Right now the whole 2009 picture doesn’t seem too good. That’s if you can see a picture at all, as after Davos it appears the ‘great and the good’ are as confused as the rest of us, and there seem to be more and more CEOs deciding that they won’t provide forecasts for their enterprises for the next quarter, let alone the year! I have attempted to be balanced during the past six months about doing the right thing to save money but at the same time suggesting that there are new market opportunities arising from new technologies. Well right now I have decided that its time to be a little more positive by pointing out two very different success stories by well known companies. One is in Business to Business and the other is in Business to Consumer, both are global names, and both have created entire new market places that did not exist before, using technology that has only become possible in the last three or four years.
Let me start with the easy one for everyone to recognise and identify as it’s in the consumer market by Amazon. I was doing some research on Cloud Services/Computing so of course was looking at how Amazon Web Services were supporting various business activities. As part of this I was looking at how the Amazon Kindle, defined by Amazon as an eBook but that’s only part of the story, is a perfect example of an always connected by wireless, supported by Cloud Services running over Cloud Computing, device, when I encountered an article about the market capitalisation of Amazon. It might not have been what I was looking for, but how do you pass finding out that the Kindle has created a market, revenues and profits for Amazon that the analyst reckoned had added $9 billion to the Amazon market capitalisation?
As BreakingViews requires a subscription I will highlight their comment as follows; Amazon has a market capitalisation at $24bn whereas for their normal retail operation the multiple on revenues and profits would suggest $16bn. The article then worked out line by line how much money the Kindle was producing, would make for Amazon, and why the additional business provided the extra revenue and profits to provide the multiple for the extra $9bn. The stock market apparently understands the ‘iPod’ effect in creating an entire new market funded by device sales for huge amounts of reoccurring high margin service revenue. As a regular book reader and Kindle user I can only agree with the assessment! But it’s not just the device, it’s the always in place link and relationship with Amazon too, they use it to constantly update with text based matters that their great CRM systems says I will like, and they are right. So I buy more, pay less per item to get an electronic copy and make life easier for myself and Amazon as well. Only problem currently is getting one, and just like the iPod it’s twice the list on eBay! Learn more from the VP of Kindle division at Amazon on YouTube.
My second example is much more industrial and comes from General Electric who competing for a share of the truck and trailer leasing market in North America added on board Telemetrics called ‘Veriwyse’ to understand exactly what the truck, trailer and load were doing and where. The launch was fairly low key, but from this has grown a vast services business based on GE Veriwise division acquiring all the monitoring information from an ever growing fleet of truck/trailer units travelling across North America, and then cutting and dicing the information to be able to reuse it, or resell it to a wide range of transport operators. Once again the key is that the customers pay for the equipping of their trucks with Veriwise so market entry and creation is directly funded by customers, and what customers too. They range from Wal-Mart to the US Post Service, or from information conscious to cost conscious, and every group in-between with a wide variety of quotes as to the benefits.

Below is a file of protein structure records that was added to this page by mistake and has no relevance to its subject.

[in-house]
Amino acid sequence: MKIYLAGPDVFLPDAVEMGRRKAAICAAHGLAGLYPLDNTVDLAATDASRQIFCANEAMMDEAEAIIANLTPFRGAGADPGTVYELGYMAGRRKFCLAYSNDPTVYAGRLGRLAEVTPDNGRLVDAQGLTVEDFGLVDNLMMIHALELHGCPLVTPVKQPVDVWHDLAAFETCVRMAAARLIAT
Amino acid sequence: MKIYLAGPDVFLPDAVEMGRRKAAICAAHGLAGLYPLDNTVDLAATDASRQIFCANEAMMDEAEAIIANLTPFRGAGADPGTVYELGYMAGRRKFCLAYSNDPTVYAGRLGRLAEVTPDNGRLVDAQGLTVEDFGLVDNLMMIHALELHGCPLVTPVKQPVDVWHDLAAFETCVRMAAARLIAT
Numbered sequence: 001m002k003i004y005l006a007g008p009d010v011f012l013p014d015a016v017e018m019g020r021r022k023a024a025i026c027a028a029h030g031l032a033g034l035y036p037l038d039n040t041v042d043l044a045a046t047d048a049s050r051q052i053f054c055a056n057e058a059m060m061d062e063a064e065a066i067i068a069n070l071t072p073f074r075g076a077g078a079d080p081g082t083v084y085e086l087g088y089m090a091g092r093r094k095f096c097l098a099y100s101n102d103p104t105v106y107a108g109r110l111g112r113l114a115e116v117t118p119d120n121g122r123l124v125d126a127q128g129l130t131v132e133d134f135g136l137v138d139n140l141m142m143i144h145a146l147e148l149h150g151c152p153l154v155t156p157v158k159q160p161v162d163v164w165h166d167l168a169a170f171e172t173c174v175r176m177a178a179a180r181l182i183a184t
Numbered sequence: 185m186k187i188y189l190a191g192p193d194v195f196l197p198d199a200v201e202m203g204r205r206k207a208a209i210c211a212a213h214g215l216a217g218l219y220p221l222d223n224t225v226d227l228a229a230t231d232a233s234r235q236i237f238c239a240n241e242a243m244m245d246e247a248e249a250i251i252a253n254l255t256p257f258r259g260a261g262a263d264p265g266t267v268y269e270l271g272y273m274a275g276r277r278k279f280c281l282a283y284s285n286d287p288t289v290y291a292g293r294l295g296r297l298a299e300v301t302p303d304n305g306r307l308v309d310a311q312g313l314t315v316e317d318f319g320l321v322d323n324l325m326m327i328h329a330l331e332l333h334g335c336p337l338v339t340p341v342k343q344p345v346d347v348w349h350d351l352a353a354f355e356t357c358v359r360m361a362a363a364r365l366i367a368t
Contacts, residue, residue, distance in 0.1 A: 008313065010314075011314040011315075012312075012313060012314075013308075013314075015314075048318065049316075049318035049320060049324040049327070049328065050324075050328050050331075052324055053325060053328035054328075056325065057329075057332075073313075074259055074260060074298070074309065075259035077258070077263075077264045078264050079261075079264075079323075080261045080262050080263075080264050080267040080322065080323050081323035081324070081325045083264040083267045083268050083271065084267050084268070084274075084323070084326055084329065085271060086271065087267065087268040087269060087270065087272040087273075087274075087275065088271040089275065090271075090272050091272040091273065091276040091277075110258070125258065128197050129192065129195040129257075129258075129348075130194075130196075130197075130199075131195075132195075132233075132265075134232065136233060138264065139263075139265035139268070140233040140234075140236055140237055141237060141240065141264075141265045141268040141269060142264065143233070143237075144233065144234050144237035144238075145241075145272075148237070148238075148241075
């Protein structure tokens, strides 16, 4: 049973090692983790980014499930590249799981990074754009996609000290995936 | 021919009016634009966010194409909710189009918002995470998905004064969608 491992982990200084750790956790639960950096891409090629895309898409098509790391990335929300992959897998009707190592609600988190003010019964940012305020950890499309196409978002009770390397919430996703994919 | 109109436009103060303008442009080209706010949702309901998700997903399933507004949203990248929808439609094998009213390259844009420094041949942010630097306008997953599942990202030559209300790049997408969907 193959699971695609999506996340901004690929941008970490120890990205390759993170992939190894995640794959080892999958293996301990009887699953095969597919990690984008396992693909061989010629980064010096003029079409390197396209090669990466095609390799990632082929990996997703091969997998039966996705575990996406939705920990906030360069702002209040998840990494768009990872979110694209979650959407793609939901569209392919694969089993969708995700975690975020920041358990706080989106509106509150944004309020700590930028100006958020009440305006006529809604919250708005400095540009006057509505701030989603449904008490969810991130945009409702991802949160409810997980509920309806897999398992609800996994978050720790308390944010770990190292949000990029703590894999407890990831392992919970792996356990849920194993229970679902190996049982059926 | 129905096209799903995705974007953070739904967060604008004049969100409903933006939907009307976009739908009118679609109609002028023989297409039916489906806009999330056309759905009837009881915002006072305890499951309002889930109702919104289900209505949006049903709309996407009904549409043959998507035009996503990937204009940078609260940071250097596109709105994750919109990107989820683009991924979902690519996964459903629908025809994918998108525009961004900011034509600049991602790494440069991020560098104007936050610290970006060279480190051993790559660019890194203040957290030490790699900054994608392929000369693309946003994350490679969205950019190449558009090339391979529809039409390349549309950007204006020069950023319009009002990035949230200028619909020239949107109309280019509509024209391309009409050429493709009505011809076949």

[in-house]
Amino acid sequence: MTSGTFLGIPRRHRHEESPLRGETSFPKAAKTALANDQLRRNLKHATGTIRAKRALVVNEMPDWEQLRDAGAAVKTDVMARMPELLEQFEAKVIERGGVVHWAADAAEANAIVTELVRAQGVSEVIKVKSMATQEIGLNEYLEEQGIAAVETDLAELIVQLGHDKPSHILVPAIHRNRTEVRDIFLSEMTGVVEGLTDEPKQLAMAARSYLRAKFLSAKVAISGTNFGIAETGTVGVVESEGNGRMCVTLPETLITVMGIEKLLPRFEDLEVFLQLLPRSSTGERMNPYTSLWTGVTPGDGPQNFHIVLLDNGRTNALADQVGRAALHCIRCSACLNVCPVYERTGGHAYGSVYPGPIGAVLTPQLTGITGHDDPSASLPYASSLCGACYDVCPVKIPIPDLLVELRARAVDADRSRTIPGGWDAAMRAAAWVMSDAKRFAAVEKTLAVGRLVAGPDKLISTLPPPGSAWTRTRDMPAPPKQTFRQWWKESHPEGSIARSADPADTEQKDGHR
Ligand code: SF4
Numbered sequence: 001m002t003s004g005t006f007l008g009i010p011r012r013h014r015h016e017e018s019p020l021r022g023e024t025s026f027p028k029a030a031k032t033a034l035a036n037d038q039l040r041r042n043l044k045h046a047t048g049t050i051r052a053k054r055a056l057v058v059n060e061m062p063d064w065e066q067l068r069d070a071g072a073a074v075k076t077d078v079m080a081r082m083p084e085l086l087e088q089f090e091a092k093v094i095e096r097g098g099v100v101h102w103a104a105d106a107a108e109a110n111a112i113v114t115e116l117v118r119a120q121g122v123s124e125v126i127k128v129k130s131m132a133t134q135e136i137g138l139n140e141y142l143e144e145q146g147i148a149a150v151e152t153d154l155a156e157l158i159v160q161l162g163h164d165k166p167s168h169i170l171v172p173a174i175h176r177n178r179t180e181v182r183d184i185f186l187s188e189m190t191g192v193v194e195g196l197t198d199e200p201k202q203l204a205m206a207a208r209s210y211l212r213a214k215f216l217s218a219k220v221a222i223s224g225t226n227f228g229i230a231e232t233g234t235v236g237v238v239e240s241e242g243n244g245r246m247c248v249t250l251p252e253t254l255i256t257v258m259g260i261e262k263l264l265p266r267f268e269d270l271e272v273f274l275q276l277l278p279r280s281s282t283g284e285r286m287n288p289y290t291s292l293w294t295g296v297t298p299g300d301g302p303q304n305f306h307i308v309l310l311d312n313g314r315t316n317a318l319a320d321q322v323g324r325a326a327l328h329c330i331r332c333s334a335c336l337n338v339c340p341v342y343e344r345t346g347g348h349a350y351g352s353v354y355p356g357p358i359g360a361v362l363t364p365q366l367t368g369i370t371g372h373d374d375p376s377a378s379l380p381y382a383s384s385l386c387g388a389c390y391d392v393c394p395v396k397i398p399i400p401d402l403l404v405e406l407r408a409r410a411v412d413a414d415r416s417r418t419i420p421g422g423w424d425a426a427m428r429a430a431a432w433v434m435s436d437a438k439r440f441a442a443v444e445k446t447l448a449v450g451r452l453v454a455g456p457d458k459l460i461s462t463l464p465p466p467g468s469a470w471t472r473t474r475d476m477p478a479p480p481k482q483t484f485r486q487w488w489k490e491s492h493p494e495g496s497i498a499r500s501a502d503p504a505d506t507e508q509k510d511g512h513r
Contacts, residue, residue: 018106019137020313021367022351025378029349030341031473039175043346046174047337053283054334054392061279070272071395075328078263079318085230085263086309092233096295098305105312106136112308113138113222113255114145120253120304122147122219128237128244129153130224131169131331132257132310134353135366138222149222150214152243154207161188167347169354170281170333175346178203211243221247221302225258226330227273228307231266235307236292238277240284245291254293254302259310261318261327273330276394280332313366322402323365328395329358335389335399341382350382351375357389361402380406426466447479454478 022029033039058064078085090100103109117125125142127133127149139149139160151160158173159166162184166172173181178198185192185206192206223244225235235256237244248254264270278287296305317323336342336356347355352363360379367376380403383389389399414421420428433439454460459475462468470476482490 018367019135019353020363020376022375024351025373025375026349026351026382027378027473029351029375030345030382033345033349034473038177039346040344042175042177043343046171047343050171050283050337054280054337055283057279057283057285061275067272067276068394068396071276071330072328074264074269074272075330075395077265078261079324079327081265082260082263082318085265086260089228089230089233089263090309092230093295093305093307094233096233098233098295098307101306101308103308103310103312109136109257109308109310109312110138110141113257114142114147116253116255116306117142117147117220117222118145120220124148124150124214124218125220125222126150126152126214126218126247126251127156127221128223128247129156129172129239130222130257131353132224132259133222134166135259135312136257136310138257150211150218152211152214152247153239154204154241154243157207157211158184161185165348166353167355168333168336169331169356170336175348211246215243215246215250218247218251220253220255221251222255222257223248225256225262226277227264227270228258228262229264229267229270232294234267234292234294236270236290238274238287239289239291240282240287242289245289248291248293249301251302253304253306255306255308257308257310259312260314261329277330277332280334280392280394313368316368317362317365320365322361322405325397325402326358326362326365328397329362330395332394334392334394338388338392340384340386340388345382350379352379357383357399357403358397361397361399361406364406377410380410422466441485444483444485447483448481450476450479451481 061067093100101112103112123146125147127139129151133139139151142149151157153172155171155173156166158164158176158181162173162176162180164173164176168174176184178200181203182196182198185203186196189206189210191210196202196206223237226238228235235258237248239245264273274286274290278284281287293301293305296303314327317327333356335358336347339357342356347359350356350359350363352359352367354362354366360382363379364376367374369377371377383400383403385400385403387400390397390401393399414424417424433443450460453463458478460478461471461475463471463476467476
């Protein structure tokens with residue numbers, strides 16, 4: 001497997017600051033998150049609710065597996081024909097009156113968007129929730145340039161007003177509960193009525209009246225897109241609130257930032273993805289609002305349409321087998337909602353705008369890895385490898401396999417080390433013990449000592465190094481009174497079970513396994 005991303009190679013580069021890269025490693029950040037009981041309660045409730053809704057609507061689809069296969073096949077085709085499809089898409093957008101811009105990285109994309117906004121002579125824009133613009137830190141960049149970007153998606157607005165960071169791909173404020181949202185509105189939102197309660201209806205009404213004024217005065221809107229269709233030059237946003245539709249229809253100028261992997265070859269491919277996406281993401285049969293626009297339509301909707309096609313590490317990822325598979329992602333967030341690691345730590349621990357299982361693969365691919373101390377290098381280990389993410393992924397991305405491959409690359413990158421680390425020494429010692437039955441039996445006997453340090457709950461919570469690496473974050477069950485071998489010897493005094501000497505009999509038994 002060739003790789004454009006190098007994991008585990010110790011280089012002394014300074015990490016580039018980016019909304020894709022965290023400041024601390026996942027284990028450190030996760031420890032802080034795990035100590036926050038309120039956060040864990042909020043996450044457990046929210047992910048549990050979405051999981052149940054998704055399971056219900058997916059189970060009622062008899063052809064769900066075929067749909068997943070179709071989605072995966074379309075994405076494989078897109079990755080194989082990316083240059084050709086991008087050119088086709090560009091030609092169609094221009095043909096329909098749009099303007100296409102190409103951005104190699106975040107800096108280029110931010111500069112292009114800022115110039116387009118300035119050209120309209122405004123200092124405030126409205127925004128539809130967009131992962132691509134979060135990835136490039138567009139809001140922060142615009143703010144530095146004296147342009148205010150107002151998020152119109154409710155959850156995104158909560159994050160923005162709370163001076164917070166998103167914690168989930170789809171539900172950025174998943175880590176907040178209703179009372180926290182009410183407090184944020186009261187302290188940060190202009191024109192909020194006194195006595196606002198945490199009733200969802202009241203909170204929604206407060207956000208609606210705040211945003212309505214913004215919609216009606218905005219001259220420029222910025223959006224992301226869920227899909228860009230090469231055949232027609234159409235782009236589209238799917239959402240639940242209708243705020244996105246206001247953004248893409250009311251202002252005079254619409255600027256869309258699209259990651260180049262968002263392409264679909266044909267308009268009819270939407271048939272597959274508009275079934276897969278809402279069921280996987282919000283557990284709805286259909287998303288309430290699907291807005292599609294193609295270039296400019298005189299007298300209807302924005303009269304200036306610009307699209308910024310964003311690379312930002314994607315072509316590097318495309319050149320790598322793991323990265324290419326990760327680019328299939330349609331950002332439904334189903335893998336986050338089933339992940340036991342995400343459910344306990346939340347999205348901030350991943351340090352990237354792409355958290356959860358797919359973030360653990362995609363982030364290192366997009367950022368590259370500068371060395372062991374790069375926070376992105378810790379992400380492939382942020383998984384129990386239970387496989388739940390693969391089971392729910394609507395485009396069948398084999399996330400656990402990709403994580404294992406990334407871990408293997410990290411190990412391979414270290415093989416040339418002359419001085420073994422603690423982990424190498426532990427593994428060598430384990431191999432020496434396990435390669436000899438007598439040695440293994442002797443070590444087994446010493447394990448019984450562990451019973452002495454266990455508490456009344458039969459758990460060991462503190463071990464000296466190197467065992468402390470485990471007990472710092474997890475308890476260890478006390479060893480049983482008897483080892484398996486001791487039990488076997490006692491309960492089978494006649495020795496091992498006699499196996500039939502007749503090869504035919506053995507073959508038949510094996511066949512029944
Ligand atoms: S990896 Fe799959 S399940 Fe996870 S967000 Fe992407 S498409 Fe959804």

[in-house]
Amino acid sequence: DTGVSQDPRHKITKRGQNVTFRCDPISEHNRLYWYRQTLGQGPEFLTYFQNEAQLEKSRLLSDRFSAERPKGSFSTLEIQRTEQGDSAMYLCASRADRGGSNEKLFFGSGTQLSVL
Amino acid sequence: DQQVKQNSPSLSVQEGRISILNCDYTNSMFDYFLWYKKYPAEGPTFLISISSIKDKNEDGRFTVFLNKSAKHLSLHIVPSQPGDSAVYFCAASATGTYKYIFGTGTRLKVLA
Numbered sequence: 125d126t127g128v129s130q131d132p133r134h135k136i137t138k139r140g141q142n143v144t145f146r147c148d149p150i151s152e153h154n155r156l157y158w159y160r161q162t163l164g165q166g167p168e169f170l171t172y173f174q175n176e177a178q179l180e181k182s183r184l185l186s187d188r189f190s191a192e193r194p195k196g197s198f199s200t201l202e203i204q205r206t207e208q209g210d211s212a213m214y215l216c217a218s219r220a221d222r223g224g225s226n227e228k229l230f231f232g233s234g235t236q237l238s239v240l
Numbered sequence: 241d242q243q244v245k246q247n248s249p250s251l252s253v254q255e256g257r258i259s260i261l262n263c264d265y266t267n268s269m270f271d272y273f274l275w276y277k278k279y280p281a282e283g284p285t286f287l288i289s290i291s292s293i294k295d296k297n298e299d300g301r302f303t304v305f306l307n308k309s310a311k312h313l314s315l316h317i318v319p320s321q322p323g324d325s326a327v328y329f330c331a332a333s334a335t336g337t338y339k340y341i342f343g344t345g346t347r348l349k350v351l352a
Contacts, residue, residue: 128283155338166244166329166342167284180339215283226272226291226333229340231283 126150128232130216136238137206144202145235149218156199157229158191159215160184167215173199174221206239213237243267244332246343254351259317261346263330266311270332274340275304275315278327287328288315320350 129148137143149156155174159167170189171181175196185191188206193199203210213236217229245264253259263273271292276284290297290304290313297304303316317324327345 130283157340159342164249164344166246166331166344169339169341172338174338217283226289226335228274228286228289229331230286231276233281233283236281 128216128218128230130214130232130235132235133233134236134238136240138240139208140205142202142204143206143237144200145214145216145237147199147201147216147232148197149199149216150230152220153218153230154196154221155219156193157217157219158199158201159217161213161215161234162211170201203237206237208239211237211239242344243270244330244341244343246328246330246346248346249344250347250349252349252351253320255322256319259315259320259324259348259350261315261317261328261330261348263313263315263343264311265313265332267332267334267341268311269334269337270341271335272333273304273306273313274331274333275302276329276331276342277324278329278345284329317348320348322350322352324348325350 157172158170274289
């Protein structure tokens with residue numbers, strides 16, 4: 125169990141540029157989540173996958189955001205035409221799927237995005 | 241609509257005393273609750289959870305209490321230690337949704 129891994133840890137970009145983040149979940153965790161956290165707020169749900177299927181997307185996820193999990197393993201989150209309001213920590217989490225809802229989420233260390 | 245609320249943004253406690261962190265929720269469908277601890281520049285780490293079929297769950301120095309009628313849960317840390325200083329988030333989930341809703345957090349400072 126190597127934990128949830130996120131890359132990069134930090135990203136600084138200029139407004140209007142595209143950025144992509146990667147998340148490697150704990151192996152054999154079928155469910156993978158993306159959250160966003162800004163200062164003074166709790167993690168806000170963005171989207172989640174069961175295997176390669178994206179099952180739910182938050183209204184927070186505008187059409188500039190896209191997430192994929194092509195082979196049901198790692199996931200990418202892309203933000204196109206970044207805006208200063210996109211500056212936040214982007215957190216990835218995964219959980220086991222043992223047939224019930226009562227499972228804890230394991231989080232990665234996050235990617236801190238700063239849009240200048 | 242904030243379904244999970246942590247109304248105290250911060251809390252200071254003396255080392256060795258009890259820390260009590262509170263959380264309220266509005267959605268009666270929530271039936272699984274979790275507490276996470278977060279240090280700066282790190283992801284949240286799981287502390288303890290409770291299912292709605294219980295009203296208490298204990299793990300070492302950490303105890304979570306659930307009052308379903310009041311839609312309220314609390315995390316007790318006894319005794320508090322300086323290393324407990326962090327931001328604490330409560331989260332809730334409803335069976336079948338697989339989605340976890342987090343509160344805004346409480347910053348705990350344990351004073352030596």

Once again this is an always connected system, this time by satellite as far as the sensors are concerned, though the other way round information can be passed back to the driver by wireless. And there is any number of reviews to be found on applying the system just by googling Veriwise, if you want to get more details on exactly what it is and does then work your way through the list here. However this is one market that didn’t stop at trucks, today Veriwise is used for Rail, Shipping and Air management as well so now try figuring out the revenue this entirely new market created by technology has created for General Electric!
Okay neither is about conventional IT, but then who said it had to be? The whole point is that Technology, Connectivity and People have become ubiquitous so the idea that our ‘information technology’ is limited to internal Enterprise applications is to me at least not understandable. These new markets with extra revenues and profits are all about applying technology that is recognisable to many IT technologists to the business, or as Forrester and the Business Schools with call it ‘Business Technology’ in ‘Enterprise 2.0’ business models. BUT you can’t have these new markets, use this new technology, etc without is connecting with, and being supported by, fundamental commercial transactions in the existing IT system. Yes it means getting our minds and skills around using new things, but right now I think we need to really be making innovation mean something more than a new idea for cost cutting.
At this stage some of you will be excited by the opportunity and that’s the good news, and some of you will be frightened by the changes and demands this will make, but when these kind of results are seen then CEOs are not going to hesitate in looking to find ‘someone’ who will build and operate these new capabilities for them.